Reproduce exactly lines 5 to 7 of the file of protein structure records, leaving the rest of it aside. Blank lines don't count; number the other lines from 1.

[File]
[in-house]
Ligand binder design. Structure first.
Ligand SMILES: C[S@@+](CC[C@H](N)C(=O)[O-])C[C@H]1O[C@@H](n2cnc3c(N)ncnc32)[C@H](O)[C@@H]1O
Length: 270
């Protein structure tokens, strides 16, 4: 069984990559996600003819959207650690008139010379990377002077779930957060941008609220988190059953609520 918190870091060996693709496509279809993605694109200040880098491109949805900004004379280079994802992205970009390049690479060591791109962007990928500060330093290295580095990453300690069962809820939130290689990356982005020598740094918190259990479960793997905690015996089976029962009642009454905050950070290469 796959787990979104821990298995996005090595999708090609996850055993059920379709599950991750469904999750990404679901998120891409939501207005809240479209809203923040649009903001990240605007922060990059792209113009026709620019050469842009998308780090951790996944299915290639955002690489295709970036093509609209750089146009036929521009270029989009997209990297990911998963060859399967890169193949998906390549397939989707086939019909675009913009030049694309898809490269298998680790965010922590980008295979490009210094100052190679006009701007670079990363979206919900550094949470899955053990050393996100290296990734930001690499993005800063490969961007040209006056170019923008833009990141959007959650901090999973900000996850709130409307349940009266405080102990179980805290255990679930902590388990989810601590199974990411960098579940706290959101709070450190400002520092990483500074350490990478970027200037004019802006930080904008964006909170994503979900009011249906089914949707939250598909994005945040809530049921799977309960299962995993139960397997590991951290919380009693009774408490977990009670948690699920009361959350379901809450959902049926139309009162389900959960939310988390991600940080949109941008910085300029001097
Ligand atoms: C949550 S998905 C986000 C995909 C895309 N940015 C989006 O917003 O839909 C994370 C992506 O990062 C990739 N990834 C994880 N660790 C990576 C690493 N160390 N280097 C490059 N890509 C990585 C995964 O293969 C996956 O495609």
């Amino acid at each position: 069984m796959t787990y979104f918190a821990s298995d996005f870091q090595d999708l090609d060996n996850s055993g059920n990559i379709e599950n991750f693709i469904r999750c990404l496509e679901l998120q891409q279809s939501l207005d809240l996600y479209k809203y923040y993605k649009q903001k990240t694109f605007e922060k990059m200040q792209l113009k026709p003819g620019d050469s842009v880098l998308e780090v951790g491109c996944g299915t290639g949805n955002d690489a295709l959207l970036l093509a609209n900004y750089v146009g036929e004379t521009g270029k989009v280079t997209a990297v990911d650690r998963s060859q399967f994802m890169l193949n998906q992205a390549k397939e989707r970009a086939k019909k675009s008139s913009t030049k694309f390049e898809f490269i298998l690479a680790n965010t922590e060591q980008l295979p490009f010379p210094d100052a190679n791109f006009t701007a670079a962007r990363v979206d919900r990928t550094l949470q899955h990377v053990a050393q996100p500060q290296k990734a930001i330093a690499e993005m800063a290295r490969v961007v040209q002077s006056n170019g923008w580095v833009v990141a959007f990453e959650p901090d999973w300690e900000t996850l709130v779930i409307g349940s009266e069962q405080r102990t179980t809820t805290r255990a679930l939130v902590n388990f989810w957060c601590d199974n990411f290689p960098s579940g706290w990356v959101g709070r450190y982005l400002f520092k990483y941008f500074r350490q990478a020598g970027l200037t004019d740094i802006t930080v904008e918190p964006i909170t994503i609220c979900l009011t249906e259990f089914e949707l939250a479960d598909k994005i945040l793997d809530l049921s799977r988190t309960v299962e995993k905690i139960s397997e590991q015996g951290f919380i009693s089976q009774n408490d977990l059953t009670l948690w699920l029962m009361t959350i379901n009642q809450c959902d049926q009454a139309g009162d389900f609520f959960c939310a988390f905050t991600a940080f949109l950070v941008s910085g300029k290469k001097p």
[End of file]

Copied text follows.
């Protein structure tokens, strides 16, 4: 069984990559996600003819959207650690008139010379990377002077779930957060941008609220988190059953609520 918190870091060996693709496509279809993605694109200040880098491109949805900004004379280079994802992205970009390049690479060591791109962007990928500060330093290295580095990453300690069962809820939130290689990356982005020598740094918190259990479960793997905690015996089976029962009642009454905050950070290469 796959787990979104821990298995996005090595999708090609996850055993059920379709599950991750469904999750990404679901998120891409939501207005809240479209809203923040649009903001990240605007922060990059792209113009026709620019050469842009998308780090951790996944299915290639955002690489295709970036093509609209750089146009036929521009270029989009997209990297990911998963060859399967890169193949998906390549397939989707086939019909675009913009030049694309898809490269298998680790965010922590980008295979490009210094100052190679006009701007670079990363979206919900550094949470899955053990050393996100290296990734930001690499993005800063490969961007040209006056170019923008833009990141959007959650901090999973900000996850709130409307349940009266405080102990179980805290255990679930902590388990989810601590199974990411960098579940706290959101709070450190400002520092990483500074350490990478970027200037004019802006930080904008964006909170994503979900009011249906089914949707939250598909994005945040809530049921799977309960299962995993139960397997590991951290919380009693009774408490977990009670948690699920009361959350379901809450959902049926139309009162389900959960939310988390991600940080949109941008910085300029001097
Ligand atoms: C949550 S998905 C986000 C995909 C895309 N940015 C989006 O917003 O839909 C994370 C992506 O990062 C990739 N990834 C994880 N660790 C990576 C690493 N160390 N280097 C490059 N890509 C990585 C995964 O293969 C996956 O495609």
């Amino acid at each position: 069984m796959t787990y979104f918190a821990s298995d996005f870091q090595d999708l090609d060996n996850s055993g059920n990559i379709e599950n991750f693709i469904r999750c990404l496509e679901l998120q891409q279809s939501l207005d809240l996600y479209k809203y923040y993605k649009q903001k990240t694109f605007e922060k990059m200040q792209l113009k026709p003819g620019d050469s842009v880098l998308e780090v951790g491109c996944g299915t290639g949805n955002d690489a295709l959207l970036l093509a609209n900004y750089v146009g036929e004379t521009g270029k989009v280079t997209a990297v990911d650690r998963s060859q399967f994802m890169l193949n998906q992205a390549k397939e989707r970009a086939k019909k675009s008139s913009t030049k694309f390049e898809f490269i298998l690479a680790n965010t922590e060591q980008l295979p490009f010379p210094d100052a190679n791109f006009t701007a670079a962007r990363v979206d919900r990928t550094l949470q899955h990377v053990a050393q996100p500060q290296k990734a930001i330093a690499e993005m800063a290295r490969v961007v040209q002077s006056n170019g923008w580095v833009v990141a959007f990453e959650p901090d999973w300690e900000t996850l709130v779930i409307g349940s009266e069962q405080r102990t179980t809820t805290r255990a679930l939130v902590n388990f989810w957060c601590d199974n990411f290689p960098s579940g706290w990356v959101g709070r450190y982005l400002f520092k990483y941008f500074r350490q990478a020598g970027l200037t004019d740094i802006t930080v904008e918190p964006i909170t994503i609220c979900l009011t249906e259990f089914e949707l939250a479960d598909k994005i945040l793997d809530l049921s799977r988190t309960v299962e995993k905690i139960s397997e590991q015996g951290f919380i009693s089976q009774n408490d977990l059953t009670l948690w699920l029962m009361t959350i379901n009642q809450c959902d049926q009454a139309g009162d389900f609520f959960c939310a988390f905050t991600a940080f949109l950070v941008s910085g300029k290469k001097p």